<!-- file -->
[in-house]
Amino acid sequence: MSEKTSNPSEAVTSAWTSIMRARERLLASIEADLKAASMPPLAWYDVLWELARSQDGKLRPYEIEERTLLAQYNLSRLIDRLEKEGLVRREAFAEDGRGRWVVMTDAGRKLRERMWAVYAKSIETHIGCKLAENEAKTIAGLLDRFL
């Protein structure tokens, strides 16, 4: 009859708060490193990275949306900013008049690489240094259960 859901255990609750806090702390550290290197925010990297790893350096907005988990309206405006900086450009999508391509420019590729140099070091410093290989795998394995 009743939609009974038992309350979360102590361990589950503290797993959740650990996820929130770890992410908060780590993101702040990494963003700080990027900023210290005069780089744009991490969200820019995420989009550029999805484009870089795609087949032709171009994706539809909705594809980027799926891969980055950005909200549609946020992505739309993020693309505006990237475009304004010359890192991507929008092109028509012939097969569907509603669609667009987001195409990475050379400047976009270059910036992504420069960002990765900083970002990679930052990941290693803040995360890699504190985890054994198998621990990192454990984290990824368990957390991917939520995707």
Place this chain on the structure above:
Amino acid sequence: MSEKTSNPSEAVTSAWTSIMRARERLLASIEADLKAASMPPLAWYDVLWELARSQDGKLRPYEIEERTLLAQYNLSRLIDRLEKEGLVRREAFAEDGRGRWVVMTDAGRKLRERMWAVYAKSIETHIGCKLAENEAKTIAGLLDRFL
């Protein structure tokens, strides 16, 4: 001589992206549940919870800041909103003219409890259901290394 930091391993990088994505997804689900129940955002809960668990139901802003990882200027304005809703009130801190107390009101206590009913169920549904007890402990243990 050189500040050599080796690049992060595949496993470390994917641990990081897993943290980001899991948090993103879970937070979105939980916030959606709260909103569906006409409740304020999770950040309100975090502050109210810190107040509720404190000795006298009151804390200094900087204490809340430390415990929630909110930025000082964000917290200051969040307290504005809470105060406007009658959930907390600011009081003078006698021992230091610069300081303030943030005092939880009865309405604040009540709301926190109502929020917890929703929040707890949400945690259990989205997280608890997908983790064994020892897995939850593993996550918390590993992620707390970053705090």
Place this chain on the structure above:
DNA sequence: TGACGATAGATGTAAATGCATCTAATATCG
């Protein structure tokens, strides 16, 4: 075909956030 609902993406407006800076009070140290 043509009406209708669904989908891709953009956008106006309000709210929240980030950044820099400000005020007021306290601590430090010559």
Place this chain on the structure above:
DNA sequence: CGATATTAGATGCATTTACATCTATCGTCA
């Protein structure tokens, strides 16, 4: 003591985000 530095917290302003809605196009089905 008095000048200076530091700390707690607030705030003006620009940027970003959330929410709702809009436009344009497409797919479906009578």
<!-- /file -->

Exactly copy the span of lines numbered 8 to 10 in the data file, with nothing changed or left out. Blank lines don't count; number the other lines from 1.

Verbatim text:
DNA sequence: TGACGATAGATGTAAATGCATCTAATATCG
């Protein structure tokens, strides 16, 4: 075909956030 609902993406407006800076009070140290 043509009406209708669904989908891709953009956008106006309000709210929240980030950044820099400000005020007021306290601590430090010559």
Place this chain on the structure above: